Now the free Houdini is available. I’ve tried it, and it genuinely is a good program. In certain respects it’s even more convenient to work with. Rybka, for example, tries to use up almost all the resources it can, and at some point my computer begins to hang. I haven’t seen that with Houdini: I can comfortably multi-task.
One of the questions for Ruslan was about a very curious incident. Briefly: after his win in Dortmund in 2010, a somewhat sensationalist interview appeared in the Ukrainian “Fakty” newspaper. In it, Ponomariov talked about an admiration for Rubenesque women, the fate of the “lucky sweater” in which he won the World Championship, and a recipe for a Spanish soup given to him by Veselin Topalov. Perhaps naively, I translated the interview at Chess in Translation, where it was spotted by someone close to Ponomariov, who smelled a rat. Here’s what Ruslan himself had to say:
And what was the story with your recent interview with D. Komarov, as mentioned on our forum (did it take place or not)?
There are different categories of journalist: some work professionally, while others act in a slipshod manner. D. Komarov has a habit of “composing” interviews himself. Among his “pearls”, which he takes great pride in, was a big interview with Joel Lautier, the winner of a tournament in Odessa, after a single formal telephone call. Or the “exclusive interview” where Vladimir Kramnik allegedly told him how he lost his virginity. (…)
In my case he didn’t even try to contact me, but simply compiled different material from various sources. That, in my view, is wrong, and gives the reader a false impression.
In Komarov’s place, I think I might have kept a low profile, but the grandmaster chose to respond with an open letter to Crestbook. Rather than deny his actions he offers the following “defence”:
I had personal ties with Ruslan after a few years of our working together, and I didn’t consider it obligatory, after all that I’d done for him, to get his agreement for the interview mentioned, or, for that matter, for some earlier publications as well.
Because of real time trouble, due to personal matters, I really did compose the interview with Ponomariov from a few earlier conversations with him, publications by colleagues from “FAKTY”, and also fragments of an interview conducted by Dagobert Kolmayer on the site chessbase.de (I was given permission by the author).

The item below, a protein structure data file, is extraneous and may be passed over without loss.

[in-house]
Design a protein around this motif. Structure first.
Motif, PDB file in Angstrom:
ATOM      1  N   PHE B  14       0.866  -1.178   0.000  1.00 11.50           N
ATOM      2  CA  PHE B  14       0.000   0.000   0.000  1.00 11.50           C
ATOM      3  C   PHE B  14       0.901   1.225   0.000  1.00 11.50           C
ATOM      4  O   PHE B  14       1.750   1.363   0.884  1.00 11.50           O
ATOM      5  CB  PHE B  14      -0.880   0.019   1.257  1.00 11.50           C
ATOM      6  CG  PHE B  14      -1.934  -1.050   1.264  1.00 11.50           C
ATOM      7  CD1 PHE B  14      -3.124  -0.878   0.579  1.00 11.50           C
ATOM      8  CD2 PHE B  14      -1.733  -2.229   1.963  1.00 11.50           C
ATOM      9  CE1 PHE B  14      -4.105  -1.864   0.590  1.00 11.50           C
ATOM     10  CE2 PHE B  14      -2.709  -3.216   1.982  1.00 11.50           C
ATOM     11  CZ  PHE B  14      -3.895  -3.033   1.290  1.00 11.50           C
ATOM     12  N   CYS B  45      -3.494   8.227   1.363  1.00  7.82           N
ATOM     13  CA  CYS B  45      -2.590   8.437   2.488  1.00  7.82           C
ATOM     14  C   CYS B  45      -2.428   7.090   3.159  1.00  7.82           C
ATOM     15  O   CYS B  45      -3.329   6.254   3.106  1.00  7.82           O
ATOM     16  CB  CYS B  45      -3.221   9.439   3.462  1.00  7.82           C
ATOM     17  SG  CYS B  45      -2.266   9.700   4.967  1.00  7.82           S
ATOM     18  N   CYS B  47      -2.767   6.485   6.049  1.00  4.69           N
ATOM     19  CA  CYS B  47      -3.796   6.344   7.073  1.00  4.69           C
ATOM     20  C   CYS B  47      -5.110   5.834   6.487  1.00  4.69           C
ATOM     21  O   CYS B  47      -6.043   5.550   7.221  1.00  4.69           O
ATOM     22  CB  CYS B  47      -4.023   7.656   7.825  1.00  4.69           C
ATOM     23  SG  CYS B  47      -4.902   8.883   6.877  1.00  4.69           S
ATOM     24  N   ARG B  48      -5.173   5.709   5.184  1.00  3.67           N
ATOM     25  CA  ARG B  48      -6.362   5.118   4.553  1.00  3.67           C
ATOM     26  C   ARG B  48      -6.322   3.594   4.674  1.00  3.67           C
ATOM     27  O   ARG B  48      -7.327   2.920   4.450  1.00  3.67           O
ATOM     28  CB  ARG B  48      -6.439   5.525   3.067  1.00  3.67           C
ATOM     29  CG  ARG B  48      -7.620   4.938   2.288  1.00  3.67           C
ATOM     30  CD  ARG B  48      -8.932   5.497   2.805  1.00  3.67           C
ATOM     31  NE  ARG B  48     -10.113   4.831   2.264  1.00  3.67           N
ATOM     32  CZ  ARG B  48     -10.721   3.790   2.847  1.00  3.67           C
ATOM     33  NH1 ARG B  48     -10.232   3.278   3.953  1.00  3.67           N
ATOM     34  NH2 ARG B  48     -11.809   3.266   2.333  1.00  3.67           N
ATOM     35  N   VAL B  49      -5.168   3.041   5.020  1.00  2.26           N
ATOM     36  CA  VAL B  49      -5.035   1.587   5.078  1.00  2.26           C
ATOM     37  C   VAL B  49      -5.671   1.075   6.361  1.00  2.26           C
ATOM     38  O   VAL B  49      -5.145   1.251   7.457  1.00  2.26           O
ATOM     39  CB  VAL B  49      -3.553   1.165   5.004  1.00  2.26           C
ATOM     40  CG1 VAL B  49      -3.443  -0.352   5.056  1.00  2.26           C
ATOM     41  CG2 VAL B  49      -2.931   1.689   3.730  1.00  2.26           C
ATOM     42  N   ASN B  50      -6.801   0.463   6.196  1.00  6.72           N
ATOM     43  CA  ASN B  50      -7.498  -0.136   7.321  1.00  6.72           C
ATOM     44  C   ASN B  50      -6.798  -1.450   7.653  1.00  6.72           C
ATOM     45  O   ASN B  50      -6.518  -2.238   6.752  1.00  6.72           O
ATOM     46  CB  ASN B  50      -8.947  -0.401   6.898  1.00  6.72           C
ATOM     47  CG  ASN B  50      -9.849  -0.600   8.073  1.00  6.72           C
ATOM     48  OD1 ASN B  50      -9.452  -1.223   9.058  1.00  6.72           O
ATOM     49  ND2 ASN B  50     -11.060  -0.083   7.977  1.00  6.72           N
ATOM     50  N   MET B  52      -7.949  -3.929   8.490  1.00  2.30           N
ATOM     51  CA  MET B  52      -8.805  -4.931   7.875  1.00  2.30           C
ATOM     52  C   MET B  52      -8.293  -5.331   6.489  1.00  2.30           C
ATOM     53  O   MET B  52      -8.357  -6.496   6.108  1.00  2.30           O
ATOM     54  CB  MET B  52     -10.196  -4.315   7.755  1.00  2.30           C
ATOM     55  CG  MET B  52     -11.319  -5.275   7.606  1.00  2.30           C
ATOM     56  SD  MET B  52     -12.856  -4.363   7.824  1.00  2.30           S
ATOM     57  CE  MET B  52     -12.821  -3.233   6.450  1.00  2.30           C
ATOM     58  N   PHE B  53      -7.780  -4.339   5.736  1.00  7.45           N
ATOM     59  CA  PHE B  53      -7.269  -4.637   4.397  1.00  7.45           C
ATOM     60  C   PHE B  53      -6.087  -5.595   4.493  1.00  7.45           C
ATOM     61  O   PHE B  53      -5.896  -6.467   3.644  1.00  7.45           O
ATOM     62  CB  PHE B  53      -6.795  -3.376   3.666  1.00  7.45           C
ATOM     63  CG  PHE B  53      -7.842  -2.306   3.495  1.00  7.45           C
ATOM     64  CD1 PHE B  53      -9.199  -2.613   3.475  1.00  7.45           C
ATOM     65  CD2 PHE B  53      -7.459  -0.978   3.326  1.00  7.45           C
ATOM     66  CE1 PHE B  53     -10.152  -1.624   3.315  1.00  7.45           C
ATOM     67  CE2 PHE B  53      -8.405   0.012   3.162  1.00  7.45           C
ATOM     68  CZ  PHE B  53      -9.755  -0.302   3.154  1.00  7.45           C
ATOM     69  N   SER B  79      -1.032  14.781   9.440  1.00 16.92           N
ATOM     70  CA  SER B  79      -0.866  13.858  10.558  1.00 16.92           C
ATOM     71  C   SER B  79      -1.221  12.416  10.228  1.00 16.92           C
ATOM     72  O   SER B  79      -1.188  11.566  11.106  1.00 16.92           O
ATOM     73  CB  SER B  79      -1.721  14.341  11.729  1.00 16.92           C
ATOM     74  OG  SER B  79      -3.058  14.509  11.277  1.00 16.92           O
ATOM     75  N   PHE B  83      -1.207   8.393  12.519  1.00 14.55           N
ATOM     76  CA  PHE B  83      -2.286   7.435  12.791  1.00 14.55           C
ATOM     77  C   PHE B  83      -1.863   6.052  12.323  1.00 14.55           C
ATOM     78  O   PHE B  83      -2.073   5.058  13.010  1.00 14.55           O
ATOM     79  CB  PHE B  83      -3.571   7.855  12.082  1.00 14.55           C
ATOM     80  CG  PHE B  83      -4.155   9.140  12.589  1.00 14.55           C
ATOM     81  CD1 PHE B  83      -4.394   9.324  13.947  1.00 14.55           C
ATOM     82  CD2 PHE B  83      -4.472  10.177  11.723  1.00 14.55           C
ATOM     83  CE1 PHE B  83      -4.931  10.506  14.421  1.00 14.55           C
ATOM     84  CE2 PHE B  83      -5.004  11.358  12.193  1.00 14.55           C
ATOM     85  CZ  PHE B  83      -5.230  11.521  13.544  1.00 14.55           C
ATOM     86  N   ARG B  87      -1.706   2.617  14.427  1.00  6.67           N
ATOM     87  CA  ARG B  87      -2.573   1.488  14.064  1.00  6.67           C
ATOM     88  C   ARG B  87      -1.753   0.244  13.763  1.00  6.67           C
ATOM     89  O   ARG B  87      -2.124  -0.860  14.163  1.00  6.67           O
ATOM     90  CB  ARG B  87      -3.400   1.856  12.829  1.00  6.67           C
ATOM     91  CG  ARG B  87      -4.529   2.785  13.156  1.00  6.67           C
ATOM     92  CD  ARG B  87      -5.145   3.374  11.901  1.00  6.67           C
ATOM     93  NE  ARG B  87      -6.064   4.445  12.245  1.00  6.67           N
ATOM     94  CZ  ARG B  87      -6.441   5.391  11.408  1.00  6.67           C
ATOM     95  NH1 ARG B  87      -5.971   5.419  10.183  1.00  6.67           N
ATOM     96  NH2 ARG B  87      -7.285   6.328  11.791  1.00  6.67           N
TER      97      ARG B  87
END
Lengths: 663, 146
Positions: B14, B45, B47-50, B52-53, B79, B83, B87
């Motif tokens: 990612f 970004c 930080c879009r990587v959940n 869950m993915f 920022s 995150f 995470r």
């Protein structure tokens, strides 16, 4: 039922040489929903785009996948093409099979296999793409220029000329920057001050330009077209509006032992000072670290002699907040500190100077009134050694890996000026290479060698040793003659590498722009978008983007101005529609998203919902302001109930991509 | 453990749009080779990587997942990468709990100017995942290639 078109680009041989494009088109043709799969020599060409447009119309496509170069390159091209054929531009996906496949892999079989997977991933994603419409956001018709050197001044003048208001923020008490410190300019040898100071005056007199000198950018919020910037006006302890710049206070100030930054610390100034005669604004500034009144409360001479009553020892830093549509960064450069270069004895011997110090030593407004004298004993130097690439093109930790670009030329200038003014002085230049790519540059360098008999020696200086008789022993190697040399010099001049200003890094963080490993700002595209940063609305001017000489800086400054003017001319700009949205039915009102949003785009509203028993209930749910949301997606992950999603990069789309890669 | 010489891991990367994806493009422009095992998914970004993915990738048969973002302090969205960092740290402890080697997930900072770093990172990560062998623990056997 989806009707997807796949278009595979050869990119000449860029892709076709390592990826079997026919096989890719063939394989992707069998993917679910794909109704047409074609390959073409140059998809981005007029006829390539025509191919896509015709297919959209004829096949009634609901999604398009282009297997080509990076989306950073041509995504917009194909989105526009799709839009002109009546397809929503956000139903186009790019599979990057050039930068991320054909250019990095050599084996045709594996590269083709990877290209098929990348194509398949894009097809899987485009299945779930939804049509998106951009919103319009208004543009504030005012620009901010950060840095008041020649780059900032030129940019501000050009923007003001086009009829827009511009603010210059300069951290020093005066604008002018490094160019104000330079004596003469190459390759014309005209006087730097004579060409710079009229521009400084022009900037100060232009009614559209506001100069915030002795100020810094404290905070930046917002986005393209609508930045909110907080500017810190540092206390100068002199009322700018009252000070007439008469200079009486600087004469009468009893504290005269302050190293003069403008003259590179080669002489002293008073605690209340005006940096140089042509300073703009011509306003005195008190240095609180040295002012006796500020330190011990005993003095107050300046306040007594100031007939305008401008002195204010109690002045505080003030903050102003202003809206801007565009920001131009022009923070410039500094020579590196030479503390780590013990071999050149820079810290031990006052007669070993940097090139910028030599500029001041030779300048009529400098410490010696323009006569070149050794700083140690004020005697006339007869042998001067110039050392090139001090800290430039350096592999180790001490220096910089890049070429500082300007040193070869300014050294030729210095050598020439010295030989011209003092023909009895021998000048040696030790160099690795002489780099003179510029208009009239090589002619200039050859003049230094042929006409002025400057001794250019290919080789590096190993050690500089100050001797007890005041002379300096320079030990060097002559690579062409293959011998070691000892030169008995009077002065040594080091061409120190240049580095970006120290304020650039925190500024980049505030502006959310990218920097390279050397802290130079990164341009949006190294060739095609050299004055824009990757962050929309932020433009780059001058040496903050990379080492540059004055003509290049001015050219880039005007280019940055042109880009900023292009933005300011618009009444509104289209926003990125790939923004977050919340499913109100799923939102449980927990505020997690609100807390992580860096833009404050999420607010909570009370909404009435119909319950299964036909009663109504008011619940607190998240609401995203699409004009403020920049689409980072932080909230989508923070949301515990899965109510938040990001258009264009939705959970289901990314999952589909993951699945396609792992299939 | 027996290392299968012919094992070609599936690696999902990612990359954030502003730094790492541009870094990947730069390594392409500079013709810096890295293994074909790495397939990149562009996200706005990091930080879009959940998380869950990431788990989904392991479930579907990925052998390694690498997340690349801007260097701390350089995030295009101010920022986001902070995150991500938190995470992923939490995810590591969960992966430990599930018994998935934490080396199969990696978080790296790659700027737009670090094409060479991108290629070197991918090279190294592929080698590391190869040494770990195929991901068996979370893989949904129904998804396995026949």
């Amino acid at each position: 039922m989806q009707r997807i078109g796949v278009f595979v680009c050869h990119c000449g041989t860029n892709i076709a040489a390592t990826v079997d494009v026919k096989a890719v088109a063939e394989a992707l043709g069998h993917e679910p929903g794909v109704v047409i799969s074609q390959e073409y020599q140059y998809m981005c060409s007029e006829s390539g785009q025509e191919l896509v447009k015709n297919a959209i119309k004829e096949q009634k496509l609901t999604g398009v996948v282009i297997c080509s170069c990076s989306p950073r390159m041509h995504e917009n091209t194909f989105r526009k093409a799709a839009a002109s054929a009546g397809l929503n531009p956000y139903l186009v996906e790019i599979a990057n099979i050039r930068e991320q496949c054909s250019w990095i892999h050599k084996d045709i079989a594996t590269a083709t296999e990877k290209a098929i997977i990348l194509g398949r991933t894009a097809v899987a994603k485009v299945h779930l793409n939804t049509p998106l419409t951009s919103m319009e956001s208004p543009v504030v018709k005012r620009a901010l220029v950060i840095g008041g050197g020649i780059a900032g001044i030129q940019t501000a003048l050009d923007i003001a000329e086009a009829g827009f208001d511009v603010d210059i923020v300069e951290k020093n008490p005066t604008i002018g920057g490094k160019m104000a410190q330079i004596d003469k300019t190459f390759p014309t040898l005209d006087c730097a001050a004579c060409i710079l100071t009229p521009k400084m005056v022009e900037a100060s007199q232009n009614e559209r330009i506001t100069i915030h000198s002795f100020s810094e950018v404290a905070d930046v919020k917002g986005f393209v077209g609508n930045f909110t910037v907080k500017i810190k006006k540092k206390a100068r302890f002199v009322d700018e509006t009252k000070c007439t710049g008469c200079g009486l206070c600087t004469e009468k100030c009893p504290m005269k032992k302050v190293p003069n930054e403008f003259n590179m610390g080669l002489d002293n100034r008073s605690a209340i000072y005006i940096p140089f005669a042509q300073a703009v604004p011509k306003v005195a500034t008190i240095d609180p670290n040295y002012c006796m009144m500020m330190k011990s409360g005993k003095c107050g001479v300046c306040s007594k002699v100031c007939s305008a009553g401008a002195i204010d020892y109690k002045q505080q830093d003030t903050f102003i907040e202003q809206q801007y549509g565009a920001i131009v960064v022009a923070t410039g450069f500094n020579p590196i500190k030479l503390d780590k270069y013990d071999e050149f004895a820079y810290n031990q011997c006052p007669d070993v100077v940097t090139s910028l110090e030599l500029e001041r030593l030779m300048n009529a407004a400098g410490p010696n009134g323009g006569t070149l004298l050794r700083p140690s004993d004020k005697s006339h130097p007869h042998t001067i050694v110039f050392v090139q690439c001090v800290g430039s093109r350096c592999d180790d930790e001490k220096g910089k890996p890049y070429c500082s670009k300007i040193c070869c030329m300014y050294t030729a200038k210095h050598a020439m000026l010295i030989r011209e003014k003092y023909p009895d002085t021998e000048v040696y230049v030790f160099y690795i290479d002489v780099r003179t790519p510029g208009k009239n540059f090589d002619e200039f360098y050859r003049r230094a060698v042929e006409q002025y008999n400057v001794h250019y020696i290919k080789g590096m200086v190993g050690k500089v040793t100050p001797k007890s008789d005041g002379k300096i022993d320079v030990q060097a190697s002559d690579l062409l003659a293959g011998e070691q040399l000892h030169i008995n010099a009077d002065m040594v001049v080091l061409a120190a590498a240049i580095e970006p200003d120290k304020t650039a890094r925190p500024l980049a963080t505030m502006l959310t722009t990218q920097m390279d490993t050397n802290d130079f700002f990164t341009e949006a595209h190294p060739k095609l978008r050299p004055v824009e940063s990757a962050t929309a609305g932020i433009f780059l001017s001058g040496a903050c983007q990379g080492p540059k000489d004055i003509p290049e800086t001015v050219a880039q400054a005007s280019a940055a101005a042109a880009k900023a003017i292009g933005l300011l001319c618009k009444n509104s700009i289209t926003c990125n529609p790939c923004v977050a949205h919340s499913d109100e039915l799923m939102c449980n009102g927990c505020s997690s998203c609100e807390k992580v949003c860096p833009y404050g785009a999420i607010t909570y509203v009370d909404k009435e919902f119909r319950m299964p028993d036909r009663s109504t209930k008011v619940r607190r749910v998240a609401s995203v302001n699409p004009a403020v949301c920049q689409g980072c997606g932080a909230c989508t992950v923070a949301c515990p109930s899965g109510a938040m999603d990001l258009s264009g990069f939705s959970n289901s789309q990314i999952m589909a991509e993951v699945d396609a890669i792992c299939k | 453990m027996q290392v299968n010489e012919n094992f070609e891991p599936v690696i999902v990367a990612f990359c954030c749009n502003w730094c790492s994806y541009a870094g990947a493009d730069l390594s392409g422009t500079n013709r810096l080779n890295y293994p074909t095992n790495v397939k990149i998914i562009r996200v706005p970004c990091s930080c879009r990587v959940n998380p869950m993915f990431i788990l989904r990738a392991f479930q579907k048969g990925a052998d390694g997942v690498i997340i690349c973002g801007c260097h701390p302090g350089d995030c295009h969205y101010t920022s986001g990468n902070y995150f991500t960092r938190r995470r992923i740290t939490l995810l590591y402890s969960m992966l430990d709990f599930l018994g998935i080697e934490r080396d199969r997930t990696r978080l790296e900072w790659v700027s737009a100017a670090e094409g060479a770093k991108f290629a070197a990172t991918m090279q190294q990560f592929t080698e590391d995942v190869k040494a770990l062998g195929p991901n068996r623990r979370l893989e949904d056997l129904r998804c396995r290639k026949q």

It’s perhaps worth pointing out at this point that the only other interview I’ve translated from “Fakty” is: Ilyumzhinov: Chuck Norris owes me a bottle of whisky. Sadly, I can’t vouch for its veracity…
Komarov does actually go on to stand by his Kramnik and Lautier interviews, though at least in Kramnik’s case it seems the journalist made inappropriate use of a private conversation, for which he apologises in the letter. Komarov accuses Ponomariov of ingratitude, claiming the newspaper’s support played a role in money being provided by the Ukrainian government for preparations for the Kasparov match.
Ponomariov addressed a short response to Sergey Shipov, Crestbook’s editor-in-chief:
I’m grateful to Dmitry Komarov for the so-called “interview” with me in the “Fakty” newspaper. It was partly what motivated me to take part in the conference at Crestbook, where I was able to respond to readers’ questions in person :)
Once again, thank you to the site’s editors for their genuine professionalism!
To read the second part of the conference in full – and other highlights include Ponomariov explaining how he’d go about beating Capablanca at blitz, and a long and honest assessment of his performance at this year’s Tata Steel tournament in Wijk aan Zee – please click on the link below!